Protests over the death of Trayvon Martin. Photo credit: David Shankbone, http://flic.kr/p/bEZRZ4
Outrage over the killing of black teenager Trayvon Martin continues to grow, sparking marches and rallies across the US. Martin, 17, was shot by George Zimmerman, who is Hispanic, in Florida in February. Due to the state’s ‘stand your ground’ self-defence law, Zimmerman has avoided arrest to date by claiming he felt under threat by the unarmed teenager, who was returning to his father’s fiancee’s house after buying sweets at a local shop.
With civil rights campaigners, members of Congress and celebrities calling for action, the Florida chief of police has temporarily stepped down and the Department of Justice has opened a federal investigation into the case.
The shooting has also sparked a political row, after Republican presidential hopeful Newt Gingrich branded the reaction of President Barack Obama “disgraceful”. Obama said promised a full investigation and said: “If I had a son, he’d look like Trayvon.” Former Speaker of the House Gingrich accused the president of misrepresenting the case, reported The Guardian: “Is the president suggesting that if it had been a white who’d been shot, that would be OK, because it wouldn’t look like him?.. When things go wrong to an American, it is sad for all Americans. Trying to turn it into a racial issue is fundamentally wrong.”
Blame the hoodie? The hooded sweatshirt, worn by Martin on the night of his death, has become a symbol of the protests: in New York, demonstrators marched through the city wearing hooded sweatshirts as part of the Million Hoodie March in memory of the teenager, while protestors at other events around the country have also worn the garment as a show of solidarity. Talkshow host Geraldo Rivera sparked fury when he blamed Martin’s attire for the killing: “I think the hoodie is as much responsible for Trayvon Martin’s death as George Zimmerman was.” At Gawker, Louis Peitzman suggested that the meaning behind Rivera’s words is “do not act in a way other people might find threatening” – and argued that this is impossible. “Ignorant people are irrationally threatened by so much of the world around them; it would be impossible to go through life conforming to some sort of neutral, non-threatening ideal,” Peitzman wrote.
The Washington Post published a history of the hoodie in the wake of Trayvon Martin’s death: “The hooded sweatshirt was commercialized in the 1930s by Champion, the American sportswear company, to protect workingmen from the elements.”
Zimmerman not a racist? A black friend of Zimmerman and his family has stepped forward to defend the 28-year-old in the face of mounting criticism. “I’m a black male and all that I know is that George has never given me any reason whatsoever to believe he has anything against people of color,” Joe Oliver told Reuters, revealing that Zimmerman felt extreme remorse over the killing. “As a black man, Oliver said minorities are often unfairly treated, but he believed Zimmerman was simply doing his job as a neighborhood watch volunteer by growing suspicious over an unfamiliar person walking through a neighborhood that had suffered some break-ins,” Daniel Trotta reported for Reuters. Oliver also said that new evidence would emerge to support Zimmerman’s claim that he was “not the aggressor”.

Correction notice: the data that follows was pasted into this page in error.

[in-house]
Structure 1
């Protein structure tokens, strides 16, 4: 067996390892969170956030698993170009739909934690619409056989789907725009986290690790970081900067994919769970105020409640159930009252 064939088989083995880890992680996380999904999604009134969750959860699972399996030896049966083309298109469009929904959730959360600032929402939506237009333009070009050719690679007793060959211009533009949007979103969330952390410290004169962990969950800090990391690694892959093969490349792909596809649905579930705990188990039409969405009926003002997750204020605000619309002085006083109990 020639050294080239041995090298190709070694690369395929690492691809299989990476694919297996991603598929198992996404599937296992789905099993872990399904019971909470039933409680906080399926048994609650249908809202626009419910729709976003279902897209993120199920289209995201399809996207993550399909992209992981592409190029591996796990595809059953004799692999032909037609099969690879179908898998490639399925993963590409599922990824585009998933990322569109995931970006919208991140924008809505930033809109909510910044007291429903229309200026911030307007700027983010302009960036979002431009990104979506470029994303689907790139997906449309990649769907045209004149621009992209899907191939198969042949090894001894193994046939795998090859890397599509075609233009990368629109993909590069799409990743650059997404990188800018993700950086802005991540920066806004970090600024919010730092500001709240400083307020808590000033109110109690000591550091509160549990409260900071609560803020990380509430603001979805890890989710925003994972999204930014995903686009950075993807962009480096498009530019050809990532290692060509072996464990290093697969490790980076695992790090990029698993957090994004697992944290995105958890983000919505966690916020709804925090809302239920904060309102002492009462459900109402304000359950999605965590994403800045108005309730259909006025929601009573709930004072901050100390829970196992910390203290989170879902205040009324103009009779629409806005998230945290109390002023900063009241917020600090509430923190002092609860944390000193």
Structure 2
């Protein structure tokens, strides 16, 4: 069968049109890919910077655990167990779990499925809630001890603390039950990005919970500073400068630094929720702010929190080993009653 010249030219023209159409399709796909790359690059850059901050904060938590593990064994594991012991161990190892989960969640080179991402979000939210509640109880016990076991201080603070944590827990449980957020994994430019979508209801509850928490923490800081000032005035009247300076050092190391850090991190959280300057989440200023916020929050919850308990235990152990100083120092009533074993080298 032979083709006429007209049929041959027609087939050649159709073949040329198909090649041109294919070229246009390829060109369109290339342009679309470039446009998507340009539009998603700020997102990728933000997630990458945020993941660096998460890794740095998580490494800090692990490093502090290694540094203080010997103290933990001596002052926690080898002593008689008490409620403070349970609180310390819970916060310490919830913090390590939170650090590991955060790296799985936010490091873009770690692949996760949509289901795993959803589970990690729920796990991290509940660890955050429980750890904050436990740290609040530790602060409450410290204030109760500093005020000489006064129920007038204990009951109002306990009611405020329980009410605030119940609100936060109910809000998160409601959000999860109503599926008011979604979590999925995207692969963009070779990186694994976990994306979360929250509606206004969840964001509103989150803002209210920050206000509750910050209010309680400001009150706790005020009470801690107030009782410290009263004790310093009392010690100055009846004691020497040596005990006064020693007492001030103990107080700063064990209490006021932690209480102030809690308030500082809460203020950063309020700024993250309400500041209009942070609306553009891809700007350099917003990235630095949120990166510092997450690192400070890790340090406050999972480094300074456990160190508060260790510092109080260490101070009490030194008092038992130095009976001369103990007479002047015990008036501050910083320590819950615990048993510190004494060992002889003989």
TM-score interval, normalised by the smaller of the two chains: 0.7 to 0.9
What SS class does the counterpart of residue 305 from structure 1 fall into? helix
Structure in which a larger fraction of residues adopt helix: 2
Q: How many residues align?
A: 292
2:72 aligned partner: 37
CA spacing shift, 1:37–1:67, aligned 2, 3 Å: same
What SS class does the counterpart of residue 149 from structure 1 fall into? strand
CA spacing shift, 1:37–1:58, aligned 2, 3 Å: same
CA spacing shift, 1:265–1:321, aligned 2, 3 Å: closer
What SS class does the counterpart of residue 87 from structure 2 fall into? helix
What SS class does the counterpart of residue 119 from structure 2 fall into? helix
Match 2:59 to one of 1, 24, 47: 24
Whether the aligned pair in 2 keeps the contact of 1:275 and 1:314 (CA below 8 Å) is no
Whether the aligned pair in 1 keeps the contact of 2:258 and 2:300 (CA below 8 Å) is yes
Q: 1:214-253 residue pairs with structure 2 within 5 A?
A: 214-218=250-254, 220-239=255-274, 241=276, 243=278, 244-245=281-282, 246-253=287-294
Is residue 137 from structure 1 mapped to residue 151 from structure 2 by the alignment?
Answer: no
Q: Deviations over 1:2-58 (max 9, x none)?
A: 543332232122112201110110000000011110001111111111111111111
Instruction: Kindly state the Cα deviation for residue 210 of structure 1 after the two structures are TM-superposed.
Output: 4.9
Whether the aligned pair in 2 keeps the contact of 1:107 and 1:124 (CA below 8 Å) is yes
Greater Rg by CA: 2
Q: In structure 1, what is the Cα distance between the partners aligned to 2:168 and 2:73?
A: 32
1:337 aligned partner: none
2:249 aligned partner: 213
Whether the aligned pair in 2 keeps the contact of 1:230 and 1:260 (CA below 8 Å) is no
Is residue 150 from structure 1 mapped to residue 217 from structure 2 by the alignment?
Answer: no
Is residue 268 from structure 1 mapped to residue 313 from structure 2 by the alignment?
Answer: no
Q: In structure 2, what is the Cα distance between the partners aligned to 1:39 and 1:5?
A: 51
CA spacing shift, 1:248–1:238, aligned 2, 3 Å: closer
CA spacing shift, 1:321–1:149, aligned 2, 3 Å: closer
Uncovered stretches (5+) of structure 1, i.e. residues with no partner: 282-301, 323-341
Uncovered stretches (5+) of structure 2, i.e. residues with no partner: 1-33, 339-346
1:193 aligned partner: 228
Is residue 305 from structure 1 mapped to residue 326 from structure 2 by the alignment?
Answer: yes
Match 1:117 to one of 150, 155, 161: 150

American gun culture has come under scrutiny after George Zimmerman shot and killed the unarmed teenager with a legally licensed concealed weapon. “Gun buyers swamped retailers nationwide last year, prompting a record 16.4 million instant criminal background checks of potential owners, up 14.2 percent from 2010, according to FBI figures,” reported Bill Briggs for MSNBC.
Neighbourhood Watch. Zimmerman was the volunteer co-ordinator for a local neighbourhood watch group, but his actions were contrary to the rules, according to a New York Times report. Wendy Dorival, who helped set up the group, told the paper that she had made clear to Zimmerman and other volunteers that “members of a neighborhood watch ‘are not supposed to confront anyone’” and that “using a gun in the neighborhood watch role would be out of the question”. Dorival defended the basic philosophy of neighbourhood watch, which she said is to strengthen communities and reduce crime, not to encourage vigilantes.
“We want to see Zimmerman in court with handcuffs behind his back, charged with the death of this young man, Trayvon Martin!” said civil rights campaigner Rev. Al Sharpton at a rally in Florida, reported The Chicago Tribune.
Racial issue? David Horsey pointed out in The Los Angeles Times that Martin’s mother told a New York rally that her son’s death was not a matter of “white and black” but of “right and “wrong”. Horsey said Sybrina Fulton’s remarks were “generous” but that “it’s hard to believe Trayvon Martin would be dead today if he had been just a white kid on his way home in the rain”. According to Horsey, “George Zimmerman was an overzealous block watch volunteer carrying a gun. Zimmerman may have been carrying something else around with him: an attitude about black kids and where they belonged.”